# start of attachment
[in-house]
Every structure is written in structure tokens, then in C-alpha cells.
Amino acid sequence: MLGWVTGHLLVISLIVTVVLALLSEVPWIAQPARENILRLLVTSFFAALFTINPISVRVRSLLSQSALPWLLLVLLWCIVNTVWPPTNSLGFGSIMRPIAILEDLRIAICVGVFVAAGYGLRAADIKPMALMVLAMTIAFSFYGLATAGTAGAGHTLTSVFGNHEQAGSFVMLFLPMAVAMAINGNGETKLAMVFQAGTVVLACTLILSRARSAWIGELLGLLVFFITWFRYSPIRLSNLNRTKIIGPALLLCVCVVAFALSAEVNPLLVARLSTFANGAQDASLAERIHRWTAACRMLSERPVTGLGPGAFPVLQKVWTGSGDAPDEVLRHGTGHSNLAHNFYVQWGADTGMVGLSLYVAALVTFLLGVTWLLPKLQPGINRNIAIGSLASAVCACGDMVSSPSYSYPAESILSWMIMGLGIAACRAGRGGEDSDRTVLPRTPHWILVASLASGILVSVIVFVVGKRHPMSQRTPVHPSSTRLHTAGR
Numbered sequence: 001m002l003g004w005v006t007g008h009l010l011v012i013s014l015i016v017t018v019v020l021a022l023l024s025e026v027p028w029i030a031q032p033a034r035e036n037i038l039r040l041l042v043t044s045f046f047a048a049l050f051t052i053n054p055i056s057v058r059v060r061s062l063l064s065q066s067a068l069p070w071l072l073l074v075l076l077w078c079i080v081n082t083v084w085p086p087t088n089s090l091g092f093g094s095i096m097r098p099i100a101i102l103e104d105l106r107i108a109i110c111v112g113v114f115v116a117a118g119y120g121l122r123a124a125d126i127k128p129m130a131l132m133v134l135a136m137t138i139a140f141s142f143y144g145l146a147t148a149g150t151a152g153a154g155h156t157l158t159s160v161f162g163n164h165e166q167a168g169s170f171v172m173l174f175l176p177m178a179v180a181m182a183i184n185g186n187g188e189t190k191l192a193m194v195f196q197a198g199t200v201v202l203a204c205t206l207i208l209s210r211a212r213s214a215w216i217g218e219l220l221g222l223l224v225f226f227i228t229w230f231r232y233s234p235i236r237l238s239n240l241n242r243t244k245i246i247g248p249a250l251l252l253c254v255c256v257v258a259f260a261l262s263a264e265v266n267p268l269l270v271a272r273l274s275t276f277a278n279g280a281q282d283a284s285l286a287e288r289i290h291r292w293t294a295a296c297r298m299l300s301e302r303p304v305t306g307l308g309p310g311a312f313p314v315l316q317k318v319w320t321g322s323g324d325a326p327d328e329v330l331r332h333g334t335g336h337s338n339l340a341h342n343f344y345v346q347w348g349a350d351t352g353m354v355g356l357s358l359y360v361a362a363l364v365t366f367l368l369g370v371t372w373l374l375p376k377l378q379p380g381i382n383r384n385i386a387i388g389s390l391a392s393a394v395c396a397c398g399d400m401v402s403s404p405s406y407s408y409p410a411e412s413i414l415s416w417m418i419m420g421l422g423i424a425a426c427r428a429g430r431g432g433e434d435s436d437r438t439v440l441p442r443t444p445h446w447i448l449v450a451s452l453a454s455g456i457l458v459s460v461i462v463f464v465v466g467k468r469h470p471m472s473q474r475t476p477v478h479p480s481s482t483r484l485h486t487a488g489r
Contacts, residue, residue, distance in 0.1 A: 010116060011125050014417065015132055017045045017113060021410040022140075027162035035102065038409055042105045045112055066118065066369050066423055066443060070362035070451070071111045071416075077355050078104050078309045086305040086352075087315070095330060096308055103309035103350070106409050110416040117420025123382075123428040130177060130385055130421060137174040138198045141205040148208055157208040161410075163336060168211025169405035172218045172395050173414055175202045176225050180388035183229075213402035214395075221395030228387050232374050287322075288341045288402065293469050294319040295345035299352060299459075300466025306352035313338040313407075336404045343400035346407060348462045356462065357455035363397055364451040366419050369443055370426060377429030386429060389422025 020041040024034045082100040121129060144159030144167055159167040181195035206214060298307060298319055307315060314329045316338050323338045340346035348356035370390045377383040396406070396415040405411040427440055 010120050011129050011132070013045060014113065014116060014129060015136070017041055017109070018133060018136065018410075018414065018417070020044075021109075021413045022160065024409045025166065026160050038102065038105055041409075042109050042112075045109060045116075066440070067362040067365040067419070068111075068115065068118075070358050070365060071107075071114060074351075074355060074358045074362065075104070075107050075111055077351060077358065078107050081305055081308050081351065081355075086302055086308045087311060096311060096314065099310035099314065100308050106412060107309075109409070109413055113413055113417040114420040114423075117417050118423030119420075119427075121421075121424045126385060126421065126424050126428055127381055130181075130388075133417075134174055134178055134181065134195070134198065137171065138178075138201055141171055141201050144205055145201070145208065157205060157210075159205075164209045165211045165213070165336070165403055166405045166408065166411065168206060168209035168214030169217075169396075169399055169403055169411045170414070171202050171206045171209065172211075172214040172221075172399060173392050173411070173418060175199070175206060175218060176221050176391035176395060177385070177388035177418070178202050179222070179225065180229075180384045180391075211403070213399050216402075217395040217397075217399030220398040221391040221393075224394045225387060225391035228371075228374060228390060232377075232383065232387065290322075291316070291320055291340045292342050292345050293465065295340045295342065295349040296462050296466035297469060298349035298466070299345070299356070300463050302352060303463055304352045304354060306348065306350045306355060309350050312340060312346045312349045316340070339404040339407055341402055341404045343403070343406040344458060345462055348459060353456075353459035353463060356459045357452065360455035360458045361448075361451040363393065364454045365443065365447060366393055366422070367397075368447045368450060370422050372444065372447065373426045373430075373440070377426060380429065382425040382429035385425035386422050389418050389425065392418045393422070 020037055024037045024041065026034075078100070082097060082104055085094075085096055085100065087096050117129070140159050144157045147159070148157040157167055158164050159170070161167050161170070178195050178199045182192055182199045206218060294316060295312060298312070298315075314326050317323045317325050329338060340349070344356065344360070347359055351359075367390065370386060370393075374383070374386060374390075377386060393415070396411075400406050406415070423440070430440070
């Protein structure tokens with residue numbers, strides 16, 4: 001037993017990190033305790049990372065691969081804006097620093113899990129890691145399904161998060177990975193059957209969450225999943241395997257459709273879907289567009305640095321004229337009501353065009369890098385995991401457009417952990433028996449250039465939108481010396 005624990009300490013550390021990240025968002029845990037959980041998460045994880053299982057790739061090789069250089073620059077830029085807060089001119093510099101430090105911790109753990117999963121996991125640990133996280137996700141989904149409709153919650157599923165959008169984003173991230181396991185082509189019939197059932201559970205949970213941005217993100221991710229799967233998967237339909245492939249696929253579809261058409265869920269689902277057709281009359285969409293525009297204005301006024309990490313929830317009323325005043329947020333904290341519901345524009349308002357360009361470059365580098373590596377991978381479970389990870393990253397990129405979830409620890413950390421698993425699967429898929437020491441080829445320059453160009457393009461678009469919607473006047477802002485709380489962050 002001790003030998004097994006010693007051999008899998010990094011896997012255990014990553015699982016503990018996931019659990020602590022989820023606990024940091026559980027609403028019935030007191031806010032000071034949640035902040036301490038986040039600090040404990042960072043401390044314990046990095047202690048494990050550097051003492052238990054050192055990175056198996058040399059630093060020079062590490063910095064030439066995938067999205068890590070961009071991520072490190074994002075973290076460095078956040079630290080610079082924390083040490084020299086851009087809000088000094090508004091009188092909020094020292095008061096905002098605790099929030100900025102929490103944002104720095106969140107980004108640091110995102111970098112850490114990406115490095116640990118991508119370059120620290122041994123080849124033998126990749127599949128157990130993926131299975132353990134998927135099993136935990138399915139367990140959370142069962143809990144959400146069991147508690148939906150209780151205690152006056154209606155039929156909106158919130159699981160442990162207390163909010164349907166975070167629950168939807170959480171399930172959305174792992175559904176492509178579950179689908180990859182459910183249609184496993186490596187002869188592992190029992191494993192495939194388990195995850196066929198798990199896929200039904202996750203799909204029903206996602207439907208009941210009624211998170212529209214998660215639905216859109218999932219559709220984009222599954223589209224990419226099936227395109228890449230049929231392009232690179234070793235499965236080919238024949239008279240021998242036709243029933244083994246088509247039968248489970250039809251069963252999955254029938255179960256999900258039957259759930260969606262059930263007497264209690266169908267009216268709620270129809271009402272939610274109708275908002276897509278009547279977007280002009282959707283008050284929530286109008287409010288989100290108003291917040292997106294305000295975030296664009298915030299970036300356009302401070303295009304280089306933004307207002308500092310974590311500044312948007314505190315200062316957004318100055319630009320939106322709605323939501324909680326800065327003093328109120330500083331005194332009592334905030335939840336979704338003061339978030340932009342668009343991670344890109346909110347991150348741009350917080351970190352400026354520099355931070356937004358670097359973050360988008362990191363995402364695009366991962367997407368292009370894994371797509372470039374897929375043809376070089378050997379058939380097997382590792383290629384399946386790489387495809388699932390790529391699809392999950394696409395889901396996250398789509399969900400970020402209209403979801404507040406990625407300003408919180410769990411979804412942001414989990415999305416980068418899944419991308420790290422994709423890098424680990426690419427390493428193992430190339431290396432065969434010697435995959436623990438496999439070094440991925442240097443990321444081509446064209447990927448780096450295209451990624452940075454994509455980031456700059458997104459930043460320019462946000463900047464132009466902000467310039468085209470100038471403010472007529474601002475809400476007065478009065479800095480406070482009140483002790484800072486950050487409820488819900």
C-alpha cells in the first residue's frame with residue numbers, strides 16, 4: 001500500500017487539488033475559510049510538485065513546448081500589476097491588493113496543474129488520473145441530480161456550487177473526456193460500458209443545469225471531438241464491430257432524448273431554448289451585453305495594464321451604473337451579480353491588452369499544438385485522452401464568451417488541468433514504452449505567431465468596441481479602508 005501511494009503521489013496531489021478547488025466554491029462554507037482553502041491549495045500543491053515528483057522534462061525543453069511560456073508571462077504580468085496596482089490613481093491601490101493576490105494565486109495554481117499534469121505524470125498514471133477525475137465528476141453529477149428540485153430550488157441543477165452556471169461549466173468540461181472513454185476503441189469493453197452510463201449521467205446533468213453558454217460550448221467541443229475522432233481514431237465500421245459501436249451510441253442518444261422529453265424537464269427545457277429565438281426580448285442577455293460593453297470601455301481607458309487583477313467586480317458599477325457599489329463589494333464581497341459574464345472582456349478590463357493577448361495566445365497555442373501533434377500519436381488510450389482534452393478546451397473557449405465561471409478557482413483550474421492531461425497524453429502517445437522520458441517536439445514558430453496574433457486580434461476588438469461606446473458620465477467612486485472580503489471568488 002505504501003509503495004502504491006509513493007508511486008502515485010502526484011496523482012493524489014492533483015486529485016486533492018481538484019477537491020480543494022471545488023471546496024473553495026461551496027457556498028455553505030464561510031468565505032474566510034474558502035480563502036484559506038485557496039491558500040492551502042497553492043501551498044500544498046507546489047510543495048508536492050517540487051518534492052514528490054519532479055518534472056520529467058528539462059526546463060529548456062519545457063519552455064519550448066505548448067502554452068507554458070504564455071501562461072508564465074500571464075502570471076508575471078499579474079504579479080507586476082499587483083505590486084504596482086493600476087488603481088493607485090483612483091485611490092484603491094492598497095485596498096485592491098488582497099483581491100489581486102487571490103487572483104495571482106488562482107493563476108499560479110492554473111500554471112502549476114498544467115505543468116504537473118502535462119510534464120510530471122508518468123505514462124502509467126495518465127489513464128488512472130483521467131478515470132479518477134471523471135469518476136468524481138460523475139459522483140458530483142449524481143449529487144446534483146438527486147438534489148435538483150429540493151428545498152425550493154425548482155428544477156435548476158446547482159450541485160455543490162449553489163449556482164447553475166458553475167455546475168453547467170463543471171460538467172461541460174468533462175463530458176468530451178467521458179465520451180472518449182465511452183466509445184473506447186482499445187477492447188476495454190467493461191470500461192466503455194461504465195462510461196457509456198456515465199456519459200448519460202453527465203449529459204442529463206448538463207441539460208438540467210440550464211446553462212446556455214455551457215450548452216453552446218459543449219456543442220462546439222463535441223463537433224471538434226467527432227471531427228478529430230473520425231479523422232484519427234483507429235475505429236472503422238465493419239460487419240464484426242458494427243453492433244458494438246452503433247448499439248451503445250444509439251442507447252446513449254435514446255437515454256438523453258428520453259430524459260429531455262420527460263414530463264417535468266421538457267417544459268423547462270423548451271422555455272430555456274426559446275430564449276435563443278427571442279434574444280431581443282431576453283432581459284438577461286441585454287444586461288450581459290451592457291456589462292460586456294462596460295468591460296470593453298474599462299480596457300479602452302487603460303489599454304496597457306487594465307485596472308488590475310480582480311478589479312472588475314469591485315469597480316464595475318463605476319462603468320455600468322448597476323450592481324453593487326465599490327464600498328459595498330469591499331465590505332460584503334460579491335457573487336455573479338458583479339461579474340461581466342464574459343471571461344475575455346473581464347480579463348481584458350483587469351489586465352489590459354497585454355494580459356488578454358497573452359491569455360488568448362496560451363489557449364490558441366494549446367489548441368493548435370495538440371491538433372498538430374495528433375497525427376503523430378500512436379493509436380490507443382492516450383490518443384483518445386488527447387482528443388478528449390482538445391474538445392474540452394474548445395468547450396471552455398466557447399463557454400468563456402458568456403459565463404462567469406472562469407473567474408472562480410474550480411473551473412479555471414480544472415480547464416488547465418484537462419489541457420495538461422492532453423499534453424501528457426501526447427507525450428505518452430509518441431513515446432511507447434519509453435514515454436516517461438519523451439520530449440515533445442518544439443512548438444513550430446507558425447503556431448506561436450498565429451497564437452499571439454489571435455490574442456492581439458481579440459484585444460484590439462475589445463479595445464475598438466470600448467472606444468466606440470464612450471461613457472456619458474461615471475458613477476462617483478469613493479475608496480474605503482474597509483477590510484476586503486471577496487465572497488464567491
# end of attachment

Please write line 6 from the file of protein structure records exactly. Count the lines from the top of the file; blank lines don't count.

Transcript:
């Protein structure tokens with residue numbers, strides 16, 4: 001037993017990190033305790049990372065691969081804006097620093113899990129890691145399904161998060177990975193059957209969450225999943241395997257459709273879907289567009305640095321004229337009501353065009369890098385995991401457009417952990433028996449250039465939108481010396 005624990009300490013550390021990240025968002029845990037959980041998460045994880053299982057790739061090789069250089073620059077830029085807060089001119093510099101430090105911790109753990117999963121996991125640990133996280137996700141989904149409709153919650157599923165959008169984003173991230181396991185082509189019939197059932201559970205949970213941005217993100221991710229799967233998967237339909245492939249696929253579809261058409265869920269689902277057709281009359285969409293525009297204005301006024309990490313929830317009323325005043329947020333904290341519901345524009349308002357360009361470059365580098373590596377991978381479970389990870393990253397990129405979830409620890413950390421698993425699967429898929437020491441080829445320059453160009457393009461678009469919607473006047477802002485709380489962050 002001790003030998004097994006010693007051999008899998010990094011896997012255990014990553015699982016503990018996931019659990020602590022989820023606990024940091026559980027609403028019935030007191031806010032000071034949640035902040036301490038986040039600090040404990042960072043401390044314990046990095047202690048494990050550097051003492052238990054050192055990175056198996058040399059630093060020079062590490063910095064030439066995938067999205068890590070961009071991520072490190074994002075973290076460095078956040079630290080610079082924390083040490084020299086851009087809000088000094090508004091009188092909020094020292095008061096905002098605790099929030100900025102929490103944002104720095106969140107980004108640091110995102111970098112850490114990406115490095116640990118991508119370059120620290122041994123080849124033998126990749127599949128157990130993926131299975132353990134998927135099993136935990138399915139367990140959370142069962143809990144959400146069991147508690148939906150209780151205690152006056154209606155039929156909106158919130159699981160442990162207390163909010164349907166975070167629950168939807170959480171399930172959305174792992175559904176492509178579950179689908180990859182459910183249609184496993186490596187002869188592992190029992191494993192495939194388990195995850196066929198798990199896929200039904202996750203799909204029903206996602207439907208009941210009624211998170212529209214998660215639905216859109218999932219559709220984009222599954223589209224990419226099936227395109228890449230049929231392009232690179234070793235499965236080919238024949239008279240021998242036709243029933244083994246088509247039968248489970250039809251069963252999955254029938255179960256999900258039957259759930260969606262059930263007497264209690266169908267009216268709620270129809271009402272939610274109708275908002276897509278009547279977007280002009282959707283008050284929530286109008287409010288989100290108003291917040292997106294305000295975030296664009298915030299970036300356009302401070303295009304280089306933004307207002308500092310974590311500044312948007314505190315200062316957004318100055319630009320939106322709605323939501324909680326800065327003093328109120330500083331005194332009592334905030335939840336979704338003061339978030340932009342668009343991670344890109346909110347991150348741009350917080351970190352400026354520099355931070356937004358670097359973050360988008362990191363995402364695009366991962367997407368292009370894994371797509372470039374897929375043809376070089378050997379058939380097997382590792383290629384399946386790489387495809388699932390790529391699809392999950394696409395889901396996250398789509399969900400970020402209209403979801404507040406990625407300003408919180410769990411979804412942001414989990415999305416980068418899944419991308420790290422994709423890098424680990426690419427390493428193992430190339431290396432065969434010697435995959436623990438496999439070094440991925442240097443990321444081509446064209447990927448780096450295209451990624452940075454994509455980031456700059458997104459930043460320019462946000463900047464132009466902000467310039468085209470100038471403010472007529474601002475809400476007065478009065479800095480406070482009140483002790484800072486950050487409820488819900």